Nernberg's suspicions of fraud concerning the engine repairs were prompted by the comparative results of two test flights of his airplane. On August 6, 1990, shortly after the aircraft had been delivered to AGI, it was flown to test engine performance. During that test flight, Geoffrey Oswald piloted the plane and Michael Gibson, a maintenance technician, recorded the flight data. Results were submitted to the engine manufacturer for evaluation. The engine manufacturer, however, requested additional information to conclude its engine performance analysis. A second test flight was conducted on August 17, 1990, with the defendant Beaty as the technician. An evaluation of this test flight data reported that the right engine was 17% underpowered and that the left engine was 10% underpowered. On the basis of this test, Beaty removed the engines from the plane and substantially rebuilt them.
Nernberg's investigation into the engine repairs disclosed material discrepancies in the test flight data to support his charge of intentional fraud. First, the serial numbers listed for the engines on the two test flights were different. The serial numbers of the rebuilt engines in Nernberg's aircraft did not correspond to the serial numbers of the engines which Beaty had purportedly found to be underpowered during the second test flight. Moreover, the data available from the first test flight when compared with a published aircraft engine performance manual for the engines here in issue disclosed that the engines were well within a range of acceptable performance. These findings were verified by a subsequent independent evaluation by the engine manufacturer which confirmed that the engines in Nernberg's plane when it was delivered to AGI had not been underpowered and did not require rebuilding.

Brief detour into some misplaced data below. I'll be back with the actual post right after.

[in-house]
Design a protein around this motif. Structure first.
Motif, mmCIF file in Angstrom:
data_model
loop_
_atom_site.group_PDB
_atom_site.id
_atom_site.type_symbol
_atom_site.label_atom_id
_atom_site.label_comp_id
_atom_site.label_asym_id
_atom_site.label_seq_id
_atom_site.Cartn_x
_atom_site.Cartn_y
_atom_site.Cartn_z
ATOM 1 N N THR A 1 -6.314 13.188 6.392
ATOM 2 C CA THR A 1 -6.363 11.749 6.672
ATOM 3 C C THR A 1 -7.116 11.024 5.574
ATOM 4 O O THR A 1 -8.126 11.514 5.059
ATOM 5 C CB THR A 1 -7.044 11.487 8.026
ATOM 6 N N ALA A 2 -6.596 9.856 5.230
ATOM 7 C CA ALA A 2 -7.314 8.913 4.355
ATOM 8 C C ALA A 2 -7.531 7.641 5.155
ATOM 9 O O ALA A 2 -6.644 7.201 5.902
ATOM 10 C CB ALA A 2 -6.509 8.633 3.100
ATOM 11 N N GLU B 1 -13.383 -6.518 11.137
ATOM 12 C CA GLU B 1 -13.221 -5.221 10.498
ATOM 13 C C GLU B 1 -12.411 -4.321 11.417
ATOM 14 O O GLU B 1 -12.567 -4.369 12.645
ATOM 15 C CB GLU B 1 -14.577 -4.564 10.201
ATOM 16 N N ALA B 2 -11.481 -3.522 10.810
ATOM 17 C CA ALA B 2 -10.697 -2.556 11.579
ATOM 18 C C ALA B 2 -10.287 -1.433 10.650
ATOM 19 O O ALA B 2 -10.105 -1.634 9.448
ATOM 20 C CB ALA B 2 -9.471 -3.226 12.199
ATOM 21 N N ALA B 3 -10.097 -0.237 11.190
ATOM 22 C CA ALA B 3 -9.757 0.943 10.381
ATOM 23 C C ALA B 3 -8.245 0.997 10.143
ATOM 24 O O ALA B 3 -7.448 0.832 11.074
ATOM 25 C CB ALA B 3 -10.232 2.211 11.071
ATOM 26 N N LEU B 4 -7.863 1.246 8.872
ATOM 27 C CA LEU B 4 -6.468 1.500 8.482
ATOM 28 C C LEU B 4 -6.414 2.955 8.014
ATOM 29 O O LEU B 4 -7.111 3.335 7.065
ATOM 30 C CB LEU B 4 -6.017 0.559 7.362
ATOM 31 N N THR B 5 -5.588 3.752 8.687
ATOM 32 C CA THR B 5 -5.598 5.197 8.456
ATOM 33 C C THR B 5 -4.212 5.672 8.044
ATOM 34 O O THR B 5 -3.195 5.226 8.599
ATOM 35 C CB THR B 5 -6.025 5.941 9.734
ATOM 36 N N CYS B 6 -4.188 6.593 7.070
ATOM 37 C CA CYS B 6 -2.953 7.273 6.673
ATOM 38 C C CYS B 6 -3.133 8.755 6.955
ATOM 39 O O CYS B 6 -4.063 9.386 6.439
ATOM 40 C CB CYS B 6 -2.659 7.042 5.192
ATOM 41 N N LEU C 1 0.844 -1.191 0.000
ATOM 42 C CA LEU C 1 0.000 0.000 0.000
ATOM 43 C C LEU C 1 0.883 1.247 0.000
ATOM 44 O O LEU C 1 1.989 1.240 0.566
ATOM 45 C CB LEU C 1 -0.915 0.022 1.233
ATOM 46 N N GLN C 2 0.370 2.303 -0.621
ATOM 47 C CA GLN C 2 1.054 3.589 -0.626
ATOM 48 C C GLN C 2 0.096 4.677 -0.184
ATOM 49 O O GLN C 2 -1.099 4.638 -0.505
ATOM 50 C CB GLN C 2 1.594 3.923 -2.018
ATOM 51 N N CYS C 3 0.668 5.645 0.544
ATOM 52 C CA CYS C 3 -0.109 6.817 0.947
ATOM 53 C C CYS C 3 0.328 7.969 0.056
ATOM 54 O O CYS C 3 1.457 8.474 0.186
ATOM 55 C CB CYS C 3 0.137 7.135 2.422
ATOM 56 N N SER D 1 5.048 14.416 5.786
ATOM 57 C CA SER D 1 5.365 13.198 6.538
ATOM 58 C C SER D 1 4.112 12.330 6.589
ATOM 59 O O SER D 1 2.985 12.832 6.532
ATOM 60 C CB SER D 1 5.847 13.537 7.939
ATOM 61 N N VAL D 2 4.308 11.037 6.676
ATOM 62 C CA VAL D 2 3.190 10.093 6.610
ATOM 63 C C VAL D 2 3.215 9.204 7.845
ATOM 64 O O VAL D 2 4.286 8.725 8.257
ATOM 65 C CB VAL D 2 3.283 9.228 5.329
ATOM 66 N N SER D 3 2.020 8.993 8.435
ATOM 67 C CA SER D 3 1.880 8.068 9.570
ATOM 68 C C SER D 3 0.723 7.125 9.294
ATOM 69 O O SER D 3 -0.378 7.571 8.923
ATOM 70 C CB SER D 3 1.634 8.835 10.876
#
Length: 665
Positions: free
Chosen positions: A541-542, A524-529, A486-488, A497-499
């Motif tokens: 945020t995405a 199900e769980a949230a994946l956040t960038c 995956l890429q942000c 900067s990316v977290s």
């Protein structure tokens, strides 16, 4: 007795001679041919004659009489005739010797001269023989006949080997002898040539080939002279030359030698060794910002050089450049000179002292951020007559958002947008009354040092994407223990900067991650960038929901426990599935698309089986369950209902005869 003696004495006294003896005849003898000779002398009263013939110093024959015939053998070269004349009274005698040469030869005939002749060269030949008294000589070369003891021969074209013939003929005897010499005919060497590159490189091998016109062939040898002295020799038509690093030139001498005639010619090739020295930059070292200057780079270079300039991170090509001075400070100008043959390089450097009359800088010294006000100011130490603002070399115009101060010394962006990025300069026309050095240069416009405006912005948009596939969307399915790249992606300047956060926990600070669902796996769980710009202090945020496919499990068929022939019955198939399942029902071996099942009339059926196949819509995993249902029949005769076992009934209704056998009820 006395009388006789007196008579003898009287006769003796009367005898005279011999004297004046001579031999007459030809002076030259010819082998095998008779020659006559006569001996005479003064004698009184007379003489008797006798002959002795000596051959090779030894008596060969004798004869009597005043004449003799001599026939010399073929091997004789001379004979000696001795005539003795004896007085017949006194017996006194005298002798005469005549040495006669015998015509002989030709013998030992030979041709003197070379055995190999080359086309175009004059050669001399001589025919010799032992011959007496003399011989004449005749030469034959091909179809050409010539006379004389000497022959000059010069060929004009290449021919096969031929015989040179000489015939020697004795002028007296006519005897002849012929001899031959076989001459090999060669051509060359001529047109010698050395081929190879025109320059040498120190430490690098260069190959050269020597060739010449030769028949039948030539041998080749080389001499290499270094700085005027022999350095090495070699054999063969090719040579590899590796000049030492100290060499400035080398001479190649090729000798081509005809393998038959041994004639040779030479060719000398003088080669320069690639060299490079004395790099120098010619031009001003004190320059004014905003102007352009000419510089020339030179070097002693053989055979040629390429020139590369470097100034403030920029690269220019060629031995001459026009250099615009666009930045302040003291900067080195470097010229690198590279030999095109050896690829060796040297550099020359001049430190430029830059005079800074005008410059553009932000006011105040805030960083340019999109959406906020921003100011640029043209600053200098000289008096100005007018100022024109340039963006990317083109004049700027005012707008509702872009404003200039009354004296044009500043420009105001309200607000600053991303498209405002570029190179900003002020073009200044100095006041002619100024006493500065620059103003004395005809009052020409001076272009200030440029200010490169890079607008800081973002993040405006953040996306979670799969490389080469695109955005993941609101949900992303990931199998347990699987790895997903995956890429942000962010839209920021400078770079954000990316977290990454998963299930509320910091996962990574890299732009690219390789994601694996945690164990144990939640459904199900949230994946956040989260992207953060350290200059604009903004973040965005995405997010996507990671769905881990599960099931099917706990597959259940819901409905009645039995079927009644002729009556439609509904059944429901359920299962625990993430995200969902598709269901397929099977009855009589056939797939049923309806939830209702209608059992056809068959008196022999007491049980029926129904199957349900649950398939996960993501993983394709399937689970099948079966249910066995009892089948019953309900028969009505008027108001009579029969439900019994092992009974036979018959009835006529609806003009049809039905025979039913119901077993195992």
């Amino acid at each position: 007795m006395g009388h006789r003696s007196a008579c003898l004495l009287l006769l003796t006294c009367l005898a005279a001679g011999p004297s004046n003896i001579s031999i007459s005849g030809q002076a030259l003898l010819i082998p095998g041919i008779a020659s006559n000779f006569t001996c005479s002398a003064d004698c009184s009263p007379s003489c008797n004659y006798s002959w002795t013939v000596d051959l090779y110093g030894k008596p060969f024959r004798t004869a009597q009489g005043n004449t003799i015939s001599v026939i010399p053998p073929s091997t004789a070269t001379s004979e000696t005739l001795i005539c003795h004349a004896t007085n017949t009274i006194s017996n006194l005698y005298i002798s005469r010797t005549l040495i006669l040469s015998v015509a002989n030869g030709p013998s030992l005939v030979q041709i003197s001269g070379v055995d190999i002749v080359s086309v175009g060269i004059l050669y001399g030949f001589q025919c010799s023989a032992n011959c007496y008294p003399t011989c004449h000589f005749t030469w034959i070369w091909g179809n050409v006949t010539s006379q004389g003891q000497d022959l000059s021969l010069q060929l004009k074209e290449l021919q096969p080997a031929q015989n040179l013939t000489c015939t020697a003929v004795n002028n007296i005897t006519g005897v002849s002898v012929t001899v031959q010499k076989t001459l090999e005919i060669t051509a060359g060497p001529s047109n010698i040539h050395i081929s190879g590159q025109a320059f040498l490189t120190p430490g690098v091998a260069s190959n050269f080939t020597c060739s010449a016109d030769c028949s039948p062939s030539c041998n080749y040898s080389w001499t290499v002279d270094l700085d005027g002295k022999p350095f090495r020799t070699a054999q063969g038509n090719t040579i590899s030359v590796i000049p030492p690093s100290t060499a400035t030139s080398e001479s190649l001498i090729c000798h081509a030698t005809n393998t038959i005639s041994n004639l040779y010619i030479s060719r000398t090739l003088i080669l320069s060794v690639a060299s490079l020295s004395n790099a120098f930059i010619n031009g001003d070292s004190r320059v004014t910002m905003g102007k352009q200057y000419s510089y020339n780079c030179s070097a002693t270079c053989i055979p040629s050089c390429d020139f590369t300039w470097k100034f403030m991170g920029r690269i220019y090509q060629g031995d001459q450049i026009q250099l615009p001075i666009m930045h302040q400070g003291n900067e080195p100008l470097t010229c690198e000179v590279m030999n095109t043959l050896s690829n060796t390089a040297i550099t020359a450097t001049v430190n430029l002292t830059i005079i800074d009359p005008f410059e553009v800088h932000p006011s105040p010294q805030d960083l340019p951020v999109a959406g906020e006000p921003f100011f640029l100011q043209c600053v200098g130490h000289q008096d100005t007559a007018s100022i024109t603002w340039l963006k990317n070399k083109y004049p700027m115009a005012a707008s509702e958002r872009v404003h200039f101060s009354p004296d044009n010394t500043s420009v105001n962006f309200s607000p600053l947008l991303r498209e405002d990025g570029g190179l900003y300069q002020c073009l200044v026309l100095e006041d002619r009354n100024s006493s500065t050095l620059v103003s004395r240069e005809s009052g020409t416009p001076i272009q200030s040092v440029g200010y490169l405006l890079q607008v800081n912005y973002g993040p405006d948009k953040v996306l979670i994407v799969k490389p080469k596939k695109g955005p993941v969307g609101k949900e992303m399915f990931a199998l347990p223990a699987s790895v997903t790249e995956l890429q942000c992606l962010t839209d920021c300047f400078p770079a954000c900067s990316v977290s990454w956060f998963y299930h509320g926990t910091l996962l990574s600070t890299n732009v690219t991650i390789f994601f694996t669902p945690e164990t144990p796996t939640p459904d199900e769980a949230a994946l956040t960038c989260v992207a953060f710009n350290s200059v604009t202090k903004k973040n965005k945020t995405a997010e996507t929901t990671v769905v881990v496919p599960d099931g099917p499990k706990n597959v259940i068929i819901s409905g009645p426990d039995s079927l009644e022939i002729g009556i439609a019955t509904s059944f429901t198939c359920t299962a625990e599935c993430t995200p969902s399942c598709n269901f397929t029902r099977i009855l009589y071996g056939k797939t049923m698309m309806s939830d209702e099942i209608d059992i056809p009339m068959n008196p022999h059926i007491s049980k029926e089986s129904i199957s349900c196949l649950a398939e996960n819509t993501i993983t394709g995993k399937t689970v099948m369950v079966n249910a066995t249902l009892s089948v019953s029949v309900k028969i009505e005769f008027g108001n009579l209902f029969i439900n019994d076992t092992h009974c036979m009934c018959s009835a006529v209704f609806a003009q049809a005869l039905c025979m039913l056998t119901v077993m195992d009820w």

As a result of his investigation, Nernberg instituted this suit for damages against AGI, Pearce and Beaty wherein he alleged that Beaty, the engine shop supervisor, and Pearce, the director of maintenance, had committed an intentional fraud by representing to GECC that the engines in his plane were underpowered and needed repair. He further charged that the engines satisfied the manufacturer's performance criteria when the plane was delivered to AGI and that Pearce and Beaty contrived to rebuild the engines for the benefit of the new owner at Nernberg's expense.